Why doesn't the state buy the Fairbanks-North Pole refinery? If it closes, which the Koch brothers who own the refinery say is their plan, dozens of jobs will be lost in the Fairbanks area. Since most of the refined product is shipped on the Alaska Railroad to the Anchorage International Airport, the loss of this freight will mean dozens of jobs are lost on the Alaska Railroad too. The secondary effects of job losses are well known. If the total loss is just 100 jobs, that's $5,000,000 or more in annual losses to the state's economy and more jobs lost from dollars that no longer roll over in the economy. Additional costs to the state from job losses include unemployment insurance and meeting some family distress situations. Millions in lost revenue to the Alaska Railroad mean the Railroad will be in a poorer position to take on another important societal task now on the drawing board: the opening of a commuter service to Wasilla and the Valley. The commuter service will make life safer for hundreds of Valley residents and create more jobs.
The cost to the state for this purchase should be nominal. Of what value to the Koch brothers is a closed refinery? It is a liability since the owners are obliged to tear the refinery down and restore the land.
Apart from impact on the state's economy, the state has an independent interest in maintaining Alaska's only refinery. A maritime strike, an international event that sent refined crude prices skyrocketing, a weather emergency or other unforeseen event could endanger or cut off alternative supplies coming in from abroad.
The existence of an Alaskan refinery may provide a base for expansion of oil processing or use within Alaska. The Koch brothers are owners of the refinery for the purpose of turning a profit. Apparently it is not turning a profit. Direct profitability is not as important to the state as it is to the Koch brothers because the state can see other values to the economy and an outlet for the use of the state's royalty share of TAPS oil. There is also the possibility that changes in the economic environment may make the refinery eventually profitable, a worthwhile speculation for the state but not for the Koch brothers.
There is some indication that the Anchorage International Airport triggered this turn of events because the managers of the Airport, the primary users of the refined product, determined that they could make the airport more profitable by buying fuel imported from abroad, brought up Cook Inlet in tankers. The airport conducts a huge business refueling the thousands of aircraft that carry passengers but mostly freight, in the trans-Pacific and Asia-Europe routes.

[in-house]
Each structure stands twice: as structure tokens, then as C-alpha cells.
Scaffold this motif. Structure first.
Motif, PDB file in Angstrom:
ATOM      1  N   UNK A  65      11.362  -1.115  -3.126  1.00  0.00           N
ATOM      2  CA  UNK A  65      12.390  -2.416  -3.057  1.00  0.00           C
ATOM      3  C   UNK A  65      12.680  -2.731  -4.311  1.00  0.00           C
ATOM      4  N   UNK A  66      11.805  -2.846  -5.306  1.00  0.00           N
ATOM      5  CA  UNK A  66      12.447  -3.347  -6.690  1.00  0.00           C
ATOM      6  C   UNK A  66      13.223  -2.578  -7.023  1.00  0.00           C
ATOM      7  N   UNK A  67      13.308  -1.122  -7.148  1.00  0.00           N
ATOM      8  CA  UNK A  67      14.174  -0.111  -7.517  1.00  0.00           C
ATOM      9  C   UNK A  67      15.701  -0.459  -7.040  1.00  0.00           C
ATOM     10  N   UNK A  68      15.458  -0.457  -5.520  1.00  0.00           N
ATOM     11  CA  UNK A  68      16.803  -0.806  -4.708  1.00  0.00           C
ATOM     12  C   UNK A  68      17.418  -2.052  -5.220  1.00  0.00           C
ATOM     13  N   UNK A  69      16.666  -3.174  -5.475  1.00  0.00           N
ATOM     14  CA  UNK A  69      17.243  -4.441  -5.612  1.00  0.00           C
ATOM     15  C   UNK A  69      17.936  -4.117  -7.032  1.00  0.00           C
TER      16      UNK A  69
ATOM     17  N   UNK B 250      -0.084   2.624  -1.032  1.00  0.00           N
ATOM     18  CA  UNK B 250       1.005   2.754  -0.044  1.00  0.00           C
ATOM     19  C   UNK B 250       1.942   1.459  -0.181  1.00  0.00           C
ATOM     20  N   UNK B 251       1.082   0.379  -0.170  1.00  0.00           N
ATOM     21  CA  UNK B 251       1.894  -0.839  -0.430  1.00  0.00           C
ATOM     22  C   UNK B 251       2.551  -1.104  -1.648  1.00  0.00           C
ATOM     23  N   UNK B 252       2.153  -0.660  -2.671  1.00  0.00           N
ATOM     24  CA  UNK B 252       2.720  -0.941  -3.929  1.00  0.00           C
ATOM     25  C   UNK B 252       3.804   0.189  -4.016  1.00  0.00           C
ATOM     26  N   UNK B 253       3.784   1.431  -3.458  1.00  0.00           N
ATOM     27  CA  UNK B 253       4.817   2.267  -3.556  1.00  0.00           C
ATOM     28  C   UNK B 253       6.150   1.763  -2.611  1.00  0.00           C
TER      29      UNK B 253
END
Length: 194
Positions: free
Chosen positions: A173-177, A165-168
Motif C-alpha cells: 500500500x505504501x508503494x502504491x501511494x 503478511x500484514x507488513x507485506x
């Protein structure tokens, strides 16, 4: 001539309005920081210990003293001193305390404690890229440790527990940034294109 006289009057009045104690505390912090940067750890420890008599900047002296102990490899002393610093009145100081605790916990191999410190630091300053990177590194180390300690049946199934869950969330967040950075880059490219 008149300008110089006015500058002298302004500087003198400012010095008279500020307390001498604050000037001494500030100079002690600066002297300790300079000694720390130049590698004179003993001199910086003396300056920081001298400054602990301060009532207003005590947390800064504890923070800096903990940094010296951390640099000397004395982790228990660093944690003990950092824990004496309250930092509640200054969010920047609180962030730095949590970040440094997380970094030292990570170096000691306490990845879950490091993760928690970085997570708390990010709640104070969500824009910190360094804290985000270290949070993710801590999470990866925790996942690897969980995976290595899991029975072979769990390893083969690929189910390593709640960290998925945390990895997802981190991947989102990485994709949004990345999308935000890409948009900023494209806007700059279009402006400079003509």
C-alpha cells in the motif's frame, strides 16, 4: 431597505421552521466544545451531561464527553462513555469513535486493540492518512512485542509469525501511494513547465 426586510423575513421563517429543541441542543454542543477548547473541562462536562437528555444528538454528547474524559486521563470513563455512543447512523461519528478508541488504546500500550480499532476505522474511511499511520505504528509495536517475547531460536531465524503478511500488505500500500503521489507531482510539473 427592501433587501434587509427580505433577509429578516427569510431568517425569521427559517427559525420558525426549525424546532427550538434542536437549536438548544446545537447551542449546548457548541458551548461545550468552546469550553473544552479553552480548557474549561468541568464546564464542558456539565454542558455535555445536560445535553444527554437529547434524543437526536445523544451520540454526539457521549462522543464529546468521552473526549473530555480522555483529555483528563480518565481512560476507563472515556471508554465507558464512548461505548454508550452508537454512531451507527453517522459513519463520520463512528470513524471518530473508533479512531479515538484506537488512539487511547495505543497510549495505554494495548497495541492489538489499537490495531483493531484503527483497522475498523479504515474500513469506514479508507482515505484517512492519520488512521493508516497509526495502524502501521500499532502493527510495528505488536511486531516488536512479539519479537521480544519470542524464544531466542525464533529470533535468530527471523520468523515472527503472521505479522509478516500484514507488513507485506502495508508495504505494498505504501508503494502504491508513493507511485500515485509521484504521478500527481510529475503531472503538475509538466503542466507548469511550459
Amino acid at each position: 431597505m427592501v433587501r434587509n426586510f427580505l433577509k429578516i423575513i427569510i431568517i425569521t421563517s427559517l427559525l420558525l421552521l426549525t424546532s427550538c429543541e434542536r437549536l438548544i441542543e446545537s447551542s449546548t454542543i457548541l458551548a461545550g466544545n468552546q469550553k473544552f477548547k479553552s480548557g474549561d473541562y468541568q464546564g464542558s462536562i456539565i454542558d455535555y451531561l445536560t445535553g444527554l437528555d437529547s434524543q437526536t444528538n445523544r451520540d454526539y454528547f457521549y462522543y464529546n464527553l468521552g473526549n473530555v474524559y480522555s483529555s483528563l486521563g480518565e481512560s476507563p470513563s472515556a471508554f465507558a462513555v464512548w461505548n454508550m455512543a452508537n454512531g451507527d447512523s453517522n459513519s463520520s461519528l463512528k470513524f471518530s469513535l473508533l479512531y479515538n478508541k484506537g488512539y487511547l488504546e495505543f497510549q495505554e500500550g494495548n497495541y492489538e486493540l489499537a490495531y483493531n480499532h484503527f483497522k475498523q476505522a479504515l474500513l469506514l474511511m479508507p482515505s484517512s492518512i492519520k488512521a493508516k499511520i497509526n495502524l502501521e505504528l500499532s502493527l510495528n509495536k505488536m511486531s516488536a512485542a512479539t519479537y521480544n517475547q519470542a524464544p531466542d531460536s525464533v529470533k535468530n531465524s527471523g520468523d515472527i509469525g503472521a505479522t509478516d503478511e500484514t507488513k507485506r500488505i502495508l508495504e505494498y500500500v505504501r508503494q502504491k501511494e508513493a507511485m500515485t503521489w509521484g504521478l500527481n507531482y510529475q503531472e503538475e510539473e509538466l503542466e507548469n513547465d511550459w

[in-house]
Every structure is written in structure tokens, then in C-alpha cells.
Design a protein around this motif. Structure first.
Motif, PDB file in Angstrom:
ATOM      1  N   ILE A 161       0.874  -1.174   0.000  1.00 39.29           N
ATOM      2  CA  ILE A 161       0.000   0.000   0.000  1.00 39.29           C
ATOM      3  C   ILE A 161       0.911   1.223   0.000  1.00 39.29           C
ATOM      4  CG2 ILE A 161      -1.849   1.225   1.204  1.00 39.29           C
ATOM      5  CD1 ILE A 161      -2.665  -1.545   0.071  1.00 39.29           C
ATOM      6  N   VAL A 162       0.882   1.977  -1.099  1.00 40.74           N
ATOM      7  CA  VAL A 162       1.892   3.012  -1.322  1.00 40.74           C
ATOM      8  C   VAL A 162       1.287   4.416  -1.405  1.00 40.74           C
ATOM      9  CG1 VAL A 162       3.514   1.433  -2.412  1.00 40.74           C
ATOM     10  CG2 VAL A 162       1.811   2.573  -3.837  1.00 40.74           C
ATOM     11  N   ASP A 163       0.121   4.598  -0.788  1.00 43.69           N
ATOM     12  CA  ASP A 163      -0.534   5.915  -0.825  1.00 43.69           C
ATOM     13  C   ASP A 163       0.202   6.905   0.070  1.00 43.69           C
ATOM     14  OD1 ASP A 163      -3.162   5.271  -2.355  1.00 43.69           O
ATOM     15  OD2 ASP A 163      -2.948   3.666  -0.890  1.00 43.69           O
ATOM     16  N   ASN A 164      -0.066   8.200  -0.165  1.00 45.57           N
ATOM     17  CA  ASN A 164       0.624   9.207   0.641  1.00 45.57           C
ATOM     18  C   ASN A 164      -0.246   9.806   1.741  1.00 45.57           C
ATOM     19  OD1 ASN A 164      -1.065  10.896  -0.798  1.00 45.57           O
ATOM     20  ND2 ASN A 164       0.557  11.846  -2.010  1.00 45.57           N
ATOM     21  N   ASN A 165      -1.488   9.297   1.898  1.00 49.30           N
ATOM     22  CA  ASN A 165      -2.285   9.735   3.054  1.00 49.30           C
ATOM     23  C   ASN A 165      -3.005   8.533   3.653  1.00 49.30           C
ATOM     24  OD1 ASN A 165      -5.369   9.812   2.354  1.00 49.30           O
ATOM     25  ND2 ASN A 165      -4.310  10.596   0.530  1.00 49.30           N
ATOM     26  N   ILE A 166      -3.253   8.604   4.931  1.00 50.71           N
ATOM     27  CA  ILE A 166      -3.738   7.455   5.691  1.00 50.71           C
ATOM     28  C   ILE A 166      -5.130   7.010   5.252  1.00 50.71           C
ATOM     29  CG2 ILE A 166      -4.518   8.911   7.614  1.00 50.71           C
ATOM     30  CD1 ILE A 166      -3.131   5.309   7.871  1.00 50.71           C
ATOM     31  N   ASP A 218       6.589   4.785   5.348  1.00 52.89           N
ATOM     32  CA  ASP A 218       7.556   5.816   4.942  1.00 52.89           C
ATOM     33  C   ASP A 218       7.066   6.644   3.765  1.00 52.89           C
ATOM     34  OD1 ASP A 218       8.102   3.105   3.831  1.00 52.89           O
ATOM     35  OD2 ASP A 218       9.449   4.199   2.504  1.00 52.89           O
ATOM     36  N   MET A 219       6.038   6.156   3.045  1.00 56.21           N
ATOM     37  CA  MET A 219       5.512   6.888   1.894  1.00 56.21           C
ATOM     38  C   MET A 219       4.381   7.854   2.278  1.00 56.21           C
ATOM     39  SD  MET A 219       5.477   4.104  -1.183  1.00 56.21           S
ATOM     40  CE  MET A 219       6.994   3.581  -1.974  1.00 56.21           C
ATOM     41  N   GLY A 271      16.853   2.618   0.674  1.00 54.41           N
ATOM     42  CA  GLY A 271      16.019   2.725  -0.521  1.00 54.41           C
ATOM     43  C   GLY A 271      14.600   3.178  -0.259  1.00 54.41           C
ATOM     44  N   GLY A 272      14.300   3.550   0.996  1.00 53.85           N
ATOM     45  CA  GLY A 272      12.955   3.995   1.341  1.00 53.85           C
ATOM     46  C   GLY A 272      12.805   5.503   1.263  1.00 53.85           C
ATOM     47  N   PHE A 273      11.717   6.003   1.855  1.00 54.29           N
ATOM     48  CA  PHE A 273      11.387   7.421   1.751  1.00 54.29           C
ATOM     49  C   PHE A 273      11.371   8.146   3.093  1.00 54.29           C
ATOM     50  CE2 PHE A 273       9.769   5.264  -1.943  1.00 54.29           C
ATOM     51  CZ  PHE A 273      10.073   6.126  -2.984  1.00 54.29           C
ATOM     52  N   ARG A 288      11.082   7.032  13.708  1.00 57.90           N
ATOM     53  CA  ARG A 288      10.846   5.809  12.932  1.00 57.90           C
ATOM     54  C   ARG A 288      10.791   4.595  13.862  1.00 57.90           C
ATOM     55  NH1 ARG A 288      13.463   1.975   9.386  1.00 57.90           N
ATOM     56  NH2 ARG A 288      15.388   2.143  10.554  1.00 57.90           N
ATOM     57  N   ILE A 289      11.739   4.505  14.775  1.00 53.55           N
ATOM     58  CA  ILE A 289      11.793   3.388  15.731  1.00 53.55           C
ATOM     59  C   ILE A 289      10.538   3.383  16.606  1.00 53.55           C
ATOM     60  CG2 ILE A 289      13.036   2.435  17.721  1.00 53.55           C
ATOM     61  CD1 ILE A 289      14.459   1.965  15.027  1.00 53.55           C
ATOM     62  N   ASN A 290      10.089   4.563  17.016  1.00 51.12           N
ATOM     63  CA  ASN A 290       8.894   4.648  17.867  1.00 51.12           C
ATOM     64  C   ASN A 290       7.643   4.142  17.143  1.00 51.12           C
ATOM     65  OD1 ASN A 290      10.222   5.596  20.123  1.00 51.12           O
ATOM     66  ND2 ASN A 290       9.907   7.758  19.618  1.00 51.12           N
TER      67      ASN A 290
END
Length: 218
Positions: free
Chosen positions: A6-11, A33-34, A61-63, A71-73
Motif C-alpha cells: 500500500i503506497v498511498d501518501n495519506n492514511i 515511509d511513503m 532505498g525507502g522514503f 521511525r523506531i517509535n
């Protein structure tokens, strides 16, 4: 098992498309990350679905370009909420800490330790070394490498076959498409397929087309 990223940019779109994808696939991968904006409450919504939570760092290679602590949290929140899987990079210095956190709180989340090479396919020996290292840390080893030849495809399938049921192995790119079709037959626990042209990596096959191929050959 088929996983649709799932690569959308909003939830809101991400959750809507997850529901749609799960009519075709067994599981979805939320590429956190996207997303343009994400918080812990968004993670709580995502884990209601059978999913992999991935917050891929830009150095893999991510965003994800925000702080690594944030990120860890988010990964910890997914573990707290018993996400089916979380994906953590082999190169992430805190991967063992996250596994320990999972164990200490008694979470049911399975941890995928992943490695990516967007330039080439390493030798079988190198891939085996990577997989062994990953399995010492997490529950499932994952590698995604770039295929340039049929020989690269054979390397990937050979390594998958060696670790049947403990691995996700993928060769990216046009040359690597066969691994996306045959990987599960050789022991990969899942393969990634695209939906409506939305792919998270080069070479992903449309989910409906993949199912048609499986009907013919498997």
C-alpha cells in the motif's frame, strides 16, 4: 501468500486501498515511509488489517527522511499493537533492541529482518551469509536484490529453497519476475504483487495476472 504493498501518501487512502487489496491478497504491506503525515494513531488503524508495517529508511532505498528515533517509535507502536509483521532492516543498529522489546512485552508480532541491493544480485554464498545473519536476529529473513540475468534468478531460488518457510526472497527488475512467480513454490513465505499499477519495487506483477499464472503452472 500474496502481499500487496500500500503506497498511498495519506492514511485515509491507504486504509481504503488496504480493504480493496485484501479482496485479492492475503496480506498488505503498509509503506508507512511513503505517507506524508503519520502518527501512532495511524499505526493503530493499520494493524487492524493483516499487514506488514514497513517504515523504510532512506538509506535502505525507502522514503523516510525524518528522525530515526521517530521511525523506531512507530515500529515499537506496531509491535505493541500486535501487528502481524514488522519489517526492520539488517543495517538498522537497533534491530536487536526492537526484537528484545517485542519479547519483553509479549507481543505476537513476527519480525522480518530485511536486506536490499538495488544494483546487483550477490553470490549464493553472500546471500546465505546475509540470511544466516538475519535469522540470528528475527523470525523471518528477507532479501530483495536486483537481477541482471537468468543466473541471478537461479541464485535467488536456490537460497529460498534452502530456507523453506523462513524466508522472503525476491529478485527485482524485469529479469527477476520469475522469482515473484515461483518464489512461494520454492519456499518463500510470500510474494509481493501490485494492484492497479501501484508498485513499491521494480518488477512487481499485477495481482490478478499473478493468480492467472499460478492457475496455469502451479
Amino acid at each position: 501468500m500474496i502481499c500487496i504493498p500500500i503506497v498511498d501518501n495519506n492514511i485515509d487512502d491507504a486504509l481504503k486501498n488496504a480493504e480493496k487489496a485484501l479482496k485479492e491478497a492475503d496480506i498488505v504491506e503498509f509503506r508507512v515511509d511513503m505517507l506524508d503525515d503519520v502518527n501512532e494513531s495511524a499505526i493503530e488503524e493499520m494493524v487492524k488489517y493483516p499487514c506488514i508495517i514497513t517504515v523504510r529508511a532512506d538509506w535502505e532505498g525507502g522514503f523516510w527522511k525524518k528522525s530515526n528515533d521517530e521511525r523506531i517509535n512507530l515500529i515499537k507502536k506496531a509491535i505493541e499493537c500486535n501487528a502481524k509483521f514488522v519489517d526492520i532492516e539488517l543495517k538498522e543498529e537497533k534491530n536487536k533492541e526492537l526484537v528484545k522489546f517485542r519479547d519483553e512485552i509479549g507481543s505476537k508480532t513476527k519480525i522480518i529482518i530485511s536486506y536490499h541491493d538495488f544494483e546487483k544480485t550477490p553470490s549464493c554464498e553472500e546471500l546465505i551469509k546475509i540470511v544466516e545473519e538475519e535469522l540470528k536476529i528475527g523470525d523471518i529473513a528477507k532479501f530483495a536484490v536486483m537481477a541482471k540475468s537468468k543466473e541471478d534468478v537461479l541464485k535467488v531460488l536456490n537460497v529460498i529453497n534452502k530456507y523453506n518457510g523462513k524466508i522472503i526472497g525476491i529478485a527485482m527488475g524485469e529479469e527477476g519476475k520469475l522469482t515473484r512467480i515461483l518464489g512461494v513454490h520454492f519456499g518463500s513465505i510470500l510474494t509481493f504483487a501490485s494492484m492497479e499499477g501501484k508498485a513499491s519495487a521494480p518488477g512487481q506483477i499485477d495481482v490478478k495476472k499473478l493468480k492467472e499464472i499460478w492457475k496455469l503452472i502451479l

The airport is a public facility, like the state owned railroad, subject to determinations of overall benefit to the public interest of the state. The question must be asked: is the marginal value to the Airport of a reduced price of fuel purchased by it worth the damage to the economy caused by its cessation of purchases from Alaska's only refinery?
Increased tanker traffic in Cook Inlet is not to be encouraged. It happened so long ago that few people remember but we have already had one spectacular tanker collision and fire right off the Anchorage port. In the course of its investigation of the wreck of the Exxon-Valdez, the State noted that Cook Inlet, with is rocks, tides, currents and ice was a far more dangerous waterway than the passage through Prince William Sound to Valdez. An oil spill in Cook Inlet could be as equally devastating to the fisheries and marine environment as the Exxon-Valdez.
The state is now pondering an investment of billions of dollars in a gas pipeline of speculative value. The purchase of an existing refinery involves a financial exposure of less than one percent of that proposal for more certain results. Of course there are many factors that cannot be plumbed in a brief news column but the state should at least consider funding the railroad to purchase the refinery.
John Havelock is a former Alaska attorney general. He lives in Anchorage.
By JOHN HAVELOCK